The Federal Reserve: Myths and Conspiracies — Are They Real or Not?
The Federal Reserve is the central banking system of the United States. But there are many conspiracies and myths about the Fed. Here’s the truth.
March 4, 2022
The Federal Reserve is America’s central bank.
Its goals are ambitious: To maintain full employment and keep prices stable through monetary policy tools. It’s also responsible for distributing printed money, regulating some aspects of commercial banking and much more.
The Fed is complicated, and there’s a lot of misunderstanding about how it all works. This has led to some Federal Reserve myths and conspiracy theories — all of which are completely false.
This article is setting the record straight, exploring some of the most common Federal Reserve myths circulating today.
Myth: The Fed has no oversight or auditing
There’s a conspiracy theory relating to the fact that the Fed is not audited or supervised. You may have seen messages calling to “audit the Fed.” The Fed is audited frequently and is supervised by Congress.
The Fed — and each of its Reserve Banks — are audited frequently and thoroughly. This includes both internal and external audits. More than 450,000 hours are dedicated annually to audits.
The Federal Reserve is also periodically audited by the U.S. Government Accountability Office (GAO). The Fed is overseen by members of Congress and is accountable to the American people.
Myth: The Federal Reserve is privately owned or controlled
There’s a misconception that the Fed is privately owned or controlled by Wall Street financial elites.
Who owns the federal reserve?
Nobody directly “owns” the Federal Reserve. And nobody influences it externally — the Fed is an independent, nonpartisan branch of the U.S. Government.
The Federal Reserve is an agency of the United States Federal Government, and it reports directly to Congress, where it’s held accountable by representatives of the American people.
Like the IRS, the military, or any other federal agency, the Federal Reserve is “owned” by the country itself and the American people.
The 12 Reserve Banks operate similarly to private banks in some regards. Each branch is incorporated separately and has its own board of directors. This leads to some confusion in thinking that the Reserve Banks are private entities.
The Reserve Banks are part of the Federal Reserve System. They do create revenue through their activities — but any profits (after operating expenses) are required by law to be transferred back to the U.S. Treasury.
Myth: The Fed prints money
The term “printing money” can refer to two different things:
Literally printing currency bills or minting coins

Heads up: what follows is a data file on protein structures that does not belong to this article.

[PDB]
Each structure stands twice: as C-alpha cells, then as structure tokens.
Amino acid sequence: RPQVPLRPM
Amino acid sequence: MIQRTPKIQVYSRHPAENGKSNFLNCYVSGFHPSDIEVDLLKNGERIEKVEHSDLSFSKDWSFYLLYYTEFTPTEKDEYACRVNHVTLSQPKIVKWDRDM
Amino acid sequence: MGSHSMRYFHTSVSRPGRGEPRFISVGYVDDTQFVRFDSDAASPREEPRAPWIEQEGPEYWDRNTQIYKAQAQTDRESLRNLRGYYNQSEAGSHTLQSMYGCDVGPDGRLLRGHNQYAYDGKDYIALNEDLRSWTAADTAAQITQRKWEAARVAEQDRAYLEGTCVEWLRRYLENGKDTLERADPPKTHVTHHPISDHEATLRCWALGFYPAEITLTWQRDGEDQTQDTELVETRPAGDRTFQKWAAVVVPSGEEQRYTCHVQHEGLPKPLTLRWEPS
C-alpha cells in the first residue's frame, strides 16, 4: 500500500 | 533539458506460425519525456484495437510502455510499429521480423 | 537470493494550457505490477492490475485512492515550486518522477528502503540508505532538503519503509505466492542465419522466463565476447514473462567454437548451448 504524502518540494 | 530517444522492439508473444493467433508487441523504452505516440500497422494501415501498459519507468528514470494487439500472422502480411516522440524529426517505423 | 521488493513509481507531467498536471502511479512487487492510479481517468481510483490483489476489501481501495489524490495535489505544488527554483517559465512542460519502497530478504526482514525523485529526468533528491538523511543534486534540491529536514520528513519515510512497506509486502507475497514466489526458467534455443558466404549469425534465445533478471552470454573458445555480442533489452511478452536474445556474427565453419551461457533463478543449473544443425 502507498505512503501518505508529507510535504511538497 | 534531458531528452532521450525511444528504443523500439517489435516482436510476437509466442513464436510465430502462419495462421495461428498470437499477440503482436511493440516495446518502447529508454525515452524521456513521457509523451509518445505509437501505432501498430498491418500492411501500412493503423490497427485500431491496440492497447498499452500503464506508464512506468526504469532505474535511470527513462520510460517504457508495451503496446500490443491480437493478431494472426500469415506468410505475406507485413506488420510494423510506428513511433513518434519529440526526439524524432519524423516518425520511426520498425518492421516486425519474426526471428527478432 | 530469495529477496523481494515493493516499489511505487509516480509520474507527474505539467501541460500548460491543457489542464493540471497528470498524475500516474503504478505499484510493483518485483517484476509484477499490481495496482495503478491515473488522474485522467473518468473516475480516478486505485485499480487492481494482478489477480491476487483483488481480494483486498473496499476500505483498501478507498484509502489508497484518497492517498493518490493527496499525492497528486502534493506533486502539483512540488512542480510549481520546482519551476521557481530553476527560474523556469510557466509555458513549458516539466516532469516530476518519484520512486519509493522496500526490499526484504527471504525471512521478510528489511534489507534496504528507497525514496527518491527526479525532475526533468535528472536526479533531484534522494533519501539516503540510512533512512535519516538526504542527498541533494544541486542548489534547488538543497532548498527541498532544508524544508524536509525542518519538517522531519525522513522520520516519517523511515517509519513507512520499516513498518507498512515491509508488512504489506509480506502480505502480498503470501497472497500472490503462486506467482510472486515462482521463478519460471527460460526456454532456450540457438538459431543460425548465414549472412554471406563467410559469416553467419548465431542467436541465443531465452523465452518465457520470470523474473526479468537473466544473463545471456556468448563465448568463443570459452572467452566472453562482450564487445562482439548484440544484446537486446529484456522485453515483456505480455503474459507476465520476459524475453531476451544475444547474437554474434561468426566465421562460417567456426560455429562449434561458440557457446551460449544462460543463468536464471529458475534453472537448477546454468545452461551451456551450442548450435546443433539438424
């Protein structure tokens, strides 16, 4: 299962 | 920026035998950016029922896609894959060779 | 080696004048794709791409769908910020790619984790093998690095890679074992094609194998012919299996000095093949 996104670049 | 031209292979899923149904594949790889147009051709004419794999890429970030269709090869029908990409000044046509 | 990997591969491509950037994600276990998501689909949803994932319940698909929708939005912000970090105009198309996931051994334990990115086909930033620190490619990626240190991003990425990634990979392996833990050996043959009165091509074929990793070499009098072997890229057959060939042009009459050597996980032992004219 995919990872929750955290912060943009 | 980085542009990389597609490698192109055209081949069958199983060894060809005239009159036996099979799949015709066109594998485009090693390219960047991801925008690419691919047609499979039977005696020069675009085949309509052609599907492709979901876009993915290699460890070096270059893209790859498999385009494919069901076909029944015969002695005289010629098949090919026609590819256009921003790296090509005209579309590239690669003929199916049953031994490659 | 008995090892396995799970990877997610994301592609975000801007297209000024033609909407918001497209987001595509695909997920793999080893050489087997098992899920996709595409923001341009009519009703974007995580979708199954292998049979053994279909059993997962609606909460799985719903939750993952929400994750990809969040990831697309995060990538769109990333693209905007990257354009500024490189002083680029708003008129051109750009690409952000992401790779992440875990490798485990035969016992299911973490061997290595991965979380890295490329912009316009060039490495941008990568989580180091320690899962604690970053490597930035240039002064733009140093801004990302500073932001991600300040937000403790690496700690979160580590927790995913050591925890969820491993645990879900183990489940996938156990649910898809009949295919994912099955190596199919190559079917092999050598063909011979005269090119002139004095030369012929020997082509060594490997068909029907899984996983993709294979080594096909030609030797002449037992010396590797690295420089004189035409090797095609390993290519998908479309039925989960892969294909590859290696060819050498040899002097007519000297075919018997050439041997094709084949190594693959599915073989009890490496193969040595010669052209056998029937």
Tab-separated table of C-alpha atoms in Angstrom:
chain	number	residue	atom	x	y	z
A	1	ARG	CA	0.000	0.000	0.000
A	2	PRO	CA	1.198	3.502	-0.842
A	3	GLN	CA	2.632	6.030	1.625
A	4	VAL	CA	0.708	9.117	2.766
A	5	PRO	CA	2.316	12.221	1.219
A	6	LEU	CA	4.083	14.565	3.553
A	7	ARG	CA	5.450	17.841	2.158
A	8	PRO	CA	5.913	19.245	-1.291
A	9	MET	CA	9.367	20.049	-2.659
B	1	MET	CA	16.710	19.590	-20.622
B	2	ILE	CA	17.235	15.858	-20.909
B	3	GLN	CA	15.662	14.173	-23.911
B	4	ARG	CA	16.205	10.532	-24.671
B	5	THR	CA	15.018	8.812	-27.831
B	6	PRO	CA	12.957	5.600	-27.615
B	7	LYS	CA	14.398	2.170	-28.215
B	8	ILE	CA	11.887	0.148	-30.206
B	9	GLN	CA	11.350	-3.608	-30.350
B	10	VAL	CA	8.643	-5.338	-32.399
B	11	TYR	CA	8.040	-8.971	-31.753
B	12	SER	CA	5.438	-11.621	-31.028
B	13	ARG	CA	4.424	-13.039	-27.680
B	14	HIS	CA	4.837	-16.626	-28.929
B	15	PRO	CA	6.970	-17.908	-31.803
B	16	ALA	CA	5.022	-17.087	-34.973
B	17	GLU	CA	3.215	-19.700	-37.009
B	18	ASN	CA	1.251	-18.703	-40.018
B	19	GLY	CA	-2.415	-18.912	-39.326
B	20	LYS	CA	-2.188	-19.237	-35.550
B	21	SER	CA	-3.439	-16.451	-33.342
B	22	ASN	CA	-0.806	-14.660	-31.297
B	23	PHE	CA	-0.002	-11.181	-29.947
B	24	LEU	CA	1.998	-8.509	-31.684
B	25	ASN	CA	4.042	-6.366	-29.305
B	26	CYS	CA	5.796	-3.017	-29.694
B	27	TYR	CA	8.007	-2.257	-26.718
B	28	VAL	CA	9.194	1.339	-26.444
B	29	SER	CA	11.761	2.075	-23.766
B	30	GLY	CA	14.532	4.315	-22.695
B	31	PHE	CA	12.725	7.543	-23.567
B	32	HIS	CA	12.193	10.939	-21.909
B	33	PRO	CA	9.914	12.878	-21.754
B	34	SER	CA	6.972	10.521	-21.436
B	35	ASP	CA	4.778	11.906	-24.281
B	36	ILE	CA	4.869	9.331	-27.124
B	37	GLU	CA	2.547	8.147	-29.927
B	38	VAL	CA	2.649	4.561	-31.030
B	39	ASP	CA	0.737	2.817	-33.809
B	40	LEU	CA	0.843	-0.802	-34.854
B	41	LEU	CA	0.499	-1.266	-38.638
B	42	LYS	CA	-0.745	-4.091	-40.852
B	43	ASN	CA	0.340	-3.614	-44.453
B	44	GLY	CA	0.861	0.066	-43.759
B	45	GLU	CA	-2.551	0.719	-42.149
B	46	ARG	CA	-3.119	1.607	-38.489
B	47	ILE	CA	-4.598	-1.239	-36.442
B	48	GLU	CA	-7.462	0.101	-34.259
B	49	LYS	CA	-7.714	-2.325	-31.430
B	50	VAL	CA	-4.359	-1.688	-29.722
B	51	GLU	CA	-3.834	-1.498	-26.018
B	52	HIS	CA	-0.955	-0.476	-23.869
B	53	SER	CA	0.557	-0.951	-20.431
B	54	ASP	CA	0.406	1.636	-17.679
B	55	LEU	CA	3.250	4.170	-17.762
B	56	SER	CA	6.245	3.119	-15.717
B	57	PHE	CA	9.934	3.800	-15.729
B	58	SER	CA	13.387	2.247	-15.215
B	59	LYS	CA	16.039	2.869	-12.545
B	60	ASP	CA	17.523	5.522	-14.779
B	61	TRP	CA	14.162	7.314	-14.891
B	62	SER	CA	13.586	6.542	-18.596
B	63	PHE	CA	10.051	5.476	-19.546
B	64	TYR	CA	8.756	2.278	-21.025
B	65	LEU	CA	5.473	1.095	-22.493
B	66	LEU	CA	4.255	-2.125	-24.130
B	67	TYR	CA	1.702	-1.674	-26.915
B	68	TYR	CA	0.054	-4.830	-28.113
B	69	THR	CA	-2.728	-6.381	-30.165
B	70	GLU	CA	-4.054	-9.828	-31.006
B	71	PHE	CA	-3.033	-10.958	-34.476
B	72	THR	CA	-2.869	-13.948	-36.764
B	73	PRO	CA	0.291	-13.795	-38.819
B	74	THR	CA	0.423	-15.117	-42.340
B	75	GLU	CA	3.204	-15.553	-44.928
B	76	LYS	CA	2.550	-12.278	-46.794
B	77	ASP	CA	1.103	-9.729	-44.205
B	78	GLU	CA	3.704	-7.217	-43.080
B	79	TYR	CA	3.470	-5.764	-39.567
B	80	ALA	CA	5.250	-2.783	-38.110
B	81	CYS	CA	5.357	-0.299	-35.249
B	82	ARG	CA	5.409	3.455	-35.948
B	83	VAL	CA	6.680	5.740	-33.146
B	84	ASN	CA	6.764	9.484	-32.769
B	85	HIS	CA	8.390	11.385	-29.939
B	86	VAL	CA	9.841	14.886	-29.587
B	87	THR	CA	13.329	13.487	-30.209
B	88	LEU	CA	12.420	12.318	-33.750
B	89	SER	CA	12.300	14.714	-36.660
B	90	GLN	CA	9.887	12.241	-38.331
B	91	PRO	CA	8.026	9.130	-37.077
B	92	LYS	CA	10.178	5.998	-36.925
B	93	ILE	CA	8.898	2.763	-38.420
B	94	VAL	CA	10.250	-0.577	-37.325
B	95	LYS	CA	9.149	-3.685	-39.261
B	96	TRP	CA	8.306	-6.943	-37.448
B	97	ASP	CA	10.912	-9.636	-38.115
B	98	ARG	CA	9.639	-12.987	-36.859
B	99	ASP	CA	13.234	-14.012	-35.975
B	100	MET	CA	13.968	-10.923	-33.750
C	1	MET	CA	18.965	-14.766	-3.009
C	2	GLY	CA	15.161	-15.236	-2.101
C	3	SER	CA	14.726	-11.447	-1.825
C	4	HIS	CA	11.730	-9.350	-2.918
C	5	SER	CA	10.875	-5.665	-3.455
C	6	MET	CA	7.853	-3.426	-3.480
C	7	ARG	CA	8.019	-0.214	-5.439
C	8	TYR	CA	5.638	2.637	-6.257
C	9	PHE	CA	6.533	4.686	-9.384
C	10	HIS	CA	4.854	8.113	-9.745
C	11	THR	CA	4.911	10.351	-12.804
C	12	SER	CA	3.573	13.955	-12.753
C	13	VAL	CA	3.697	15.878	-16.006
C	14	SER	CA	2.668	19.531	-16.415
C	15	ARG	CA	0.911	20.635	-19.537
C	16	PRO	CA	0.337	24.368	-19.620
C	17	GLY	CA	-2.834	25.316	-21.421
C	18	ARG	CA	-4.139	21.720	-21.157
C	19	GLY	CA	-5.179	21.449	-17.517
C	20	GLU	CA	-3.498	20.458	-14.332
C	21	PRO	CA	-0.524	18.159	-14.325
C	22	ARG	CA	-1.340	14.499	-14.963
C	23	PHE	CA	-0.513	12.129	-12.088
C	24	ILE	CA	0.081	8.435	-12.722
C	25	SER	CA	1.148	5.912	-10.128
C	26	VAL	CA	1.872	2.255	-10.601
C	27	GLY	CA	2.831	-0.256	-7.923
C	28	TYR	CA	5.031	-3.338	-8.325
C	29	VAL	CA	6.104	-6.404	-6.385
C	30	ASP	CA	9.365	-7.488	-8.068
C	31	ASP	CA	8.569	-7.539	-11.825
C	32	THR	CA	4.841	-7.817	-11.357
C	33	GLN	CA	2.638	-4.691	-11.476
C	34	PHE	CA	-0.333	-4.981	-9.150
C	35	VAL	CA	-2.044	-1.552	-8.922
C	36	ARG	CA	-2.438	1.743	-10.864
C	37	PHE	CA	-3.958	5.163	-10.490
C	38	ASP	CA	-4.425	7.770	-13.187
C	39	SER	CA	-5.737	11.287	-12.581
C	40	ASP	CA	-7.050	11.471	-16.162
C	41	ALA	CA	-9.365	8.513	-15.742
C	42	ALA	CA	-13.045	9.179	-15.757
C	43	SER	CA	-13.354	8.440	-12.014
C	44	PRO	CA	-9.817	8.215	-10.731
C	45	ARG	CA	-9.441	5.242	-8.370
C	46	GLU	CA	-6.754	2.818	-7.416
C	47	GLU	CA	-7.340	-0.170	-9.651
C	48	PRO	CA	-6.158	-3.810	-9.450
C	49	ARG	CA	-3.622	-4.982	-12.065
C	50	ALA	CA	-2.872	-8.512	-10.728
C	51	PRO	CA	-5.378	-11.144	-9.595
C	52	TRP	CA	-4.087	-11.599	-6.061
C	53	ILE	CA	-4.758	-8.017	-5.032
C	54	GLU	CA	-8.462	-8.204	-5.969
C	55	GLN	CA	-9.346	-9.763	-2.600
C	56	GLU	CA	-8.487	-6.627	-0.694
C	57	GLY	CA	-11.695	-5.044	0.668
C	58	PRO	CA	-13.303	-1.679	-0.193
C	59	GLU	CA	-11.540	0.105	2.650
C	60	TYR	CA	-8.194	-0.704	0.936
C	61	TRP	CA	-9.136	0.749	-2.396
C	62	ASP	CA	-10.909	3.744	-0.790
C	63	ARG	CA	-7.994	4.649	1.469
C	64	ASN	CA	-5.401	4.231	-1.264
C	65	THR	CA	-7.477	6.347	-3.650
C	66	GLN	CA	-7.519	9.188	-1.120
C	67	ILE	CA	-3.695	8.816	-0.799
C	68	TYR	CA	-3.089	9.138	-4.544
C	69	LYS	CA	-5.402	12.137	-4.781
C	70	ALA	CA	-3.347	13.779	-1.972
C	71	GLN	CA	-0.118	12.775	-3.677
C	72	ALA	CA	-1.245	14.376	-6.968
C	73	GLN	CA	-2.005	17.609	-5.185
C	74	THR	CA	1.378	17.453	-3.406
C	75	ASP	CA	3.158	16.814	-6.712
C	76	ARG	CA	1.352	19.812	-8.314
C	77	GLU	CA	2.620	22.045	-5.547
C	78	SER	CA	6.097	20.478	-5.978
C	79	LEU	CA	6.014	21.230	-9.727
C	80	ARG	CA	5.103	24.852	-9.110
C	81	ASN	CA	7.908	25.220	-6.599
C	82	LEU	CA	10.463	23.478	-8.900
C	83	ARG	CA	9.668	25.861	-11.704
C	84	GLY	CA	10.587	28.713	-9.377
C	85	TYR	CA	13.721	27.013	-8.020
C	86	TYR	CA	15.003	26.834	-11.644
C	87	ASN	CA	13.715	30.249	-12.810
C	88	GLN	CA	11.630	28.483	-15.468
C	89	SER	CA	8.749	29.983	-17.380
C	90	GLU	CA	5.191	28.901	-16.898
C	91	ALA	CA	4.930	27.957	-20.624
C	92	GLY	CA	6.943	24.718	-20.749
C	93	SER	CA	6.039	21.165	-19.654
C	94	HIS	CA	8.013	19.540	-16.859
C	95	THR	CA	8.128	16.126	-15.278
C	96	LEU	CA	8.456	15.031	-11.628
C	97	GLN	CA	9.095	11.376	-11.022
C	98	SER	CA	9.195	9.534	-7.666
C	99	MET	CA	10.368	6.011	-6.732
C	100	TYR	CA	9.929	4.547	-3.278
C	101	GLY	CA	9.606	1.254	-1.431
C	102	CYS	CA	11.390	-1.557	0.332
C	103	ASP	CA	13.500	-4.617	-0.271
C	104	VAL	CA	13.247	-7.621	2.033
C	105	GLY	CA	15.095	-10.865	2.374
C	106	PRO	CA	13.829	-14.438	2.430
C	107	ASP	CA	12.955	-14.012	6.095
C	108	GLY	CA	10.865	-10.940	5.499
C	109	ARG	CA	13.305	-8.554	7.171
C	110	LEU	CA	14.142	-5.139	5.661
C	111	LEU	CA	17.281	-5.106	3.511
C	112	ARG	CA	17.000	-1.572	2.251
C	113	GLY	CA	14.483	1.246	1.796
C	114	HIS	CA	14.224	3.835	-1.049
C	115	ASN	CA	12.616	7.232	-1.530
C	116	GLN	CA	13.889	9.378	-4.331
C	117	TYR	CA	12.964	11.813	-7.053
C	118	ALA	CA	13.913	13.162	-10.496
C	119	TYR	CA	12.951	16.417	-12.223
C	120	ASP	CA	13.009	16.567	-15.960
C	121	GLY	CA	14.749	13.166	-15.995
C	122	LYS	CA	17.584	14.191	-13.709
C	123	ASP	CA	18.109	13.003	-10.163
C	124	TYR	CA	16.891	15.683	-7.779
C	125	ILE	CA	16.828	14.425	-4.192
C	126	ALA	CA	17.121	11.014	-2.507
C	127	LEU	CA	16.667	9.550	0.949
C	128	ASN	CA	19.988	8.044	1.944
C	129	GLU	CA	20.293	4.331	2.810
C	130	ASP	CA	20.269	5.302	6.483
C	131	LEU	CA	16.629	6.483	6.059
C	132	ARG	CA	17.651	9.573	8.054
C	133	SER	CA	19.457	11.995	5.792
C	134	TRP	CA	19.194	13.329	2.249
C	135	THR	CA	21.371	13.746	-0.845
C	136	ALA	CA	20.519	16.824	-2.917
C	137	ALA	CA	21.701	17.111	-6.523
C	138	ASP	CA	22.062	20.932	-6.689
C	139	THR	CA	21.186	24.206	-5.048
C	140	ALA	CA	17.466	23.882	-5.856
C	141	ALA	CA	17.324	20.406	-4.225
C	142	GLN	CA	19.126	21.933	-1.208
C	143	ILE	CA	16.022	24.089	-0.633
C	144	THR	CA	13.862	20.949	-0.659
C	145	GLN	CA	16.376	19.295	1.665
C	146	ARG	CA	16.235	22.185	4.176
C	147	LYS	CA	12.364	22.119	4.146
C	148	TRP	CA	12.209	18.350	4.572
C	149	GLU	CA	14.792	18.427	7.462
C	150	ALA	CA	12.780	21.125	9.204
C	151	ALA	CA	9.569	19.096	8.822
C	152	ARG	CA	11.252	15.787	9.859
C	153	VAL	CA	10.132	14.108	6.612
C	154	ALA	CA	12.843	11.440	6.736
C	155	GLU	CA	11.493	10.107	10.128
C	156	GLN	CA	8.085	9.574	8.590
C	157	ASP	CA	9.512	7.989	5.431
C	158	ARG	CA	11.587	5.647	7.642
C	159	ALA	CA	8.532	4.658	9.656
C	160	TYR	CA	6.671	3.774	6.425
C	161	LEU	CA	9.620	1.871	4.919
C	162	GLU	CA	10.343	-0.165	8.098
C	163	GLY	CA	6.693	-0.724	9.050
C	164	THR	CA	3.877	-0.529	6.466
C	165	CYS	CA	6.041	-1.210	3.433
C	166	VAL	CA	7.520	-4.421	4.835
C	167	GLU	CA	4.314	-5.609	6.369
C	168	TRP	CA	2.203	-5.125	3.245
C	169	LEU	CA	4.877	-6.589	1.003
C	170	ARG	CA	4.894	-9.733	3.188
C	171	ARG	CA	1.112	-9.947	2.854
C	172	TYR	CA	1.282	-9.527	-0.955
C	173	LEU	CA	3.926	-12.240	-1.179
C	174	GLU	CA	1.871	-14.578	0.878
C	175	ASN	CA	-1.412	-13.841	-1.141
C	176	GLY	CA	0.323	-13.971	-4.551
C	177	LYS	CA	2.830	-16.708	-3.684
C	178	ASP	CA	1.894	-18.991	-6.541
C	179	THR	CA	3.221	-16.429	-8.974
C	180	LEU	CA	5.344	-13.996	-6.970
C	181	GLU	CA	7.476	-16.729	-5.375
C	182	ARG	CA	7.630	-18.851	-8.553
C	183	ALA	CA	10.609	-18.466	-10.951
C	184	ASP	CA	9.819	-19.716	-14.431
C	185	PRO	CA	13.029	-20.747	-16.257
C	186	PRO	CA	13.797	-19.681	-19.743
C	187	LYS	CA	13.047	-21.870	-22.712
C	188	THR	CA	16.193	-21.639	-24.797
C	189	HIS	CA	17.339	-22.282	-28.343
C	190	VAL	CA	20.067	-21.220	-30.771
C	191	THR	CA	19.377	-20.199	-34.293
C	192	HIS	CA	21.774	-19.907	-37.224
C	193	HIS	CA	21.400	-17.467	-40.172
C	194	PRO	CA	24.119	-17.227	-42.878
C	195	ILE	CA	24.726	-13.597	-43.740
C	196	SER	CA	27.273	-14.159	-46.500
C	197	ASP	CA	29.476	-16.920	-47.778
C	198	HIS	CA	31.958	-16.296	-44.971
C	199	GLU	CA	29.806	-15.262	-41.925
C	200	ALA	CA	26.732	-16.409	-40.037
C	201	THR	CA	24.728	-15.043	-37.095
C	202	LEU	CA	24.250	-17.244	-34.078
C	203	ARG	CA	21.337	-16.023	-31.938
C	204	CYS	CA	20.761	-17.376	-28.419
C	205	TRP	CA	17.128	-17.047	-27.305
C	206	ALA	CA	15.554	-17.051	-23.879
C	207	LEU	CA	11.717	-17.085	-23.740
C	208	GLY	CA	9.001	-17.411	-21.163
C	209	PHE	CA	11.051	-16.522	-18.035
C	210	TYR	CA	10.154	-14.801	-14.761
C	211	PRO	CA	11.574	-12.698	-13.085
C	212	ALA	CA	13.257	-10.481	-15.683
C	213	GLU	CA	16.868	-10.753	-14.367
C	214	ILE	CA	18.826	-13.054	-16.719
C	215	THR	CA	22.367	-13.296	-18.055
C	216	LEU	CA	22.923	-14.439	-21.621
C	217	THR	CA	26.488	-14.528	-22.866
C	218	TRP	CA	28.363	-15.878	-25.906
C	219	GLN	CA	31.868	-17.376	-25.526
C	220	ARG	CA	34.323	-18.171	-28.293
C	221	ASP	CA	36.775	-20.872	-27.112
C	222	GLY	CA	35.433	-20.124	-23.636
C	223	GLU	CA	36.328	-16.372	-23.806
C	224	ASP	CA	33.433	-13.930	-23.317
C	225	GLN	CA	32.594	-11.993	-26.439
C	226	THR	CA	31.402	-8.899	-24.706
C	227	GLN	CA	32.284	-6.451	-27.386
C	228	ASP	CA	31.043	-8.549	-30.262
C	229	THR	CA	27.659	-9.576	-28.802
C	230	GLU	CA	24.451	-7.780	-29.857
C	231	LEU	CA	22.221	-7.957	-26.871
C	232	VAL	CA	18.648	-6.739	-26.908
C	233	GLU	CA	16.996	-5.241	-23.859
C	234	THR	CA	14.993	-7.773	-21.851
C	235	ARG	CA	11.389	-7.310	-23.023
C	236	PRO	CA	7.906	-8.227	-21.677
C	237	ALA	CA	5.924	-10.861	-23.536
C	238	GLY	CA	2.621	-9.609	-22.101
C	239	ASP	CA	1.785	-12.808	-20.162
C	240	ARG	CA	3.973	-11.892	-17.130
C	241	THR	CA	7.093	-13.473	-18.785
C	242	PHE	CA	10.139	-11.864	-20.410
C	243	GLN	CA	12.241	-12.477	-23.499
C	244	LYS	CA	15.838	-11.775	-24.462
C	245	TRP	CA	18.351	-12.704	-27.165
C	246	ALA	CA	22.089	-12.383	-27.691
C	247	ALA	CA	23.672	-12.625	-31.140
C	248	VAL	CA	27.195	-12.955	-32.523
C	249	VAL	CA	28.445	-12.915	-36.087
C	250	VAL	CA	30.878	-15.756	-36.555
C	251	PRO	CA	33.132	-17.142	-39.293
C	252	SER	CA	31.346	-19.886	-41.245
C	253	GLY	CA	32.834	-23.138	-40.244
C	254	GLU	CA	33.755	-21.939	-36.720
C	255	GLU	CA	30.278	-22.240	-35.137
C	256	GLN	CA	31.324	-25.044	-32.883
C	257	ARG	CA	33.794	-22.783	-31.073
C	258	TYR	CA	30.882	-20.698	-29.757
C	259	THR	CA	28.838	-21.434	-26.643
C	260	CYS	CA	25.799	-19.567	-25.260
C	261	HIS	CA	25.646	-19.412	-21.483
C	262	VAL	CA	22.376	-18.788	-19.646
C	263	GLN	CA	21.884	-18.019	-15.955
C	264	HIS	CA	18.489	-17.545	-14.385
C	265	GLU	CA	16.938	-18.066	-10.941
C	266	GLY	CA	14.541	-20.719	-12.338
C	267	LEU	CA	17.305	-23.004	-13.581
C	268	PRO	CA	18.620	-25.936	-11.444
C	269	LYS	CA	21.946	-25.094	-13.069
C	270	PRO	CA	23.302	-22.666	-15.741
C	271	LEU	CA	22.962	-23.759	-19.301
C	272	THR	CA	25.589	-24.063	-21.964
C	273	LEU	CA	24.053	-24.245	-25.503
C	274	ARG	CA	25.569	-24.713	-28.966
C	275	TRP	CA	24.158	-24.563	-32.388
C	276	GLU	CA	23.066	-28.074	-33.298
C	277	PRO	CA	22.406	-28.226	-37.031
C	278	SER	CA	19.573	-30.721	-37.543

Increasing the amount of money that is available through monetary policy activities
The Federal Reserve doesn’t print physical currency or mint physical coins.
Coins are made in the U.S. Mint, and the U.S. Treasury’s Bureau of Engraving and Printing makes paper currency.
However, the Federal Reserve does distribute cash once those other agencies have created it. One key function of the 12 Reserve banks is to distribute physical currency to standard banks.
The Fed can control the amount of money that is available to the U.S. financial system, as well. It does this by buying or selling U.S. Treasuries on the open market and crediting money to reserve funds at the Federal Reserve bank branches.
Most of the money in the economy isn’t physical cash — it’s credit balances at banking institutions. It’s this type of money that the Fed can actually influence and “create.”
In this way, the Fed can “print money,” so to speak. The Fed can add more money to the funds circulating in the economy, making banks more willing to issue loans. This is a key monetary policy tool of the Federal Reserve.
Myth: The Fed is political
The Federal Reserve is a nonpartisan branch of government. This means that the Fed doesn’t align itself with Democrats, Republicans or any other political party.
Elected officials do have a say in who gets appointed to run the Federal Reserve. The president can appoint the Fed chair and other board members, and Congress must then confirm them.
But once appointed, Fed officials don’t answer to the White House or political pressure. They operate independently.
Myth: The Federal Reserve is funded by taxpayer money
Many federal government agencies are funded by the taxes we all pay to the government. But the Federal Reserve is not taxpayer-funded.
Instead, the Federal Reserve generates income from interest earned on assets it purchases and interest generated from loans to depository institutions.
The Fed is self-funded and receives no money from Congress or taxpayers. The revenue generated by the Reserve first goes to pay for its expenses.
Any “profit” left over after paying for expenses is transferred back to the U.S. Treasury, adding to the assets of the U.S. Federal Government.
These Federal Reserve myths are exactly that — myths.
The Fed is simply the Central Bank of the United States. It’s a self-funded, independent agency monitored and audited by Congress.
The Fed exists to stabilize the financial system, regulate banks, provide financial services to the US government and conduct monetary policy. The overall goals of monetary policy decisions at the Fed are to pursue full employment and stable prices — both of which benefit everyday Americans.
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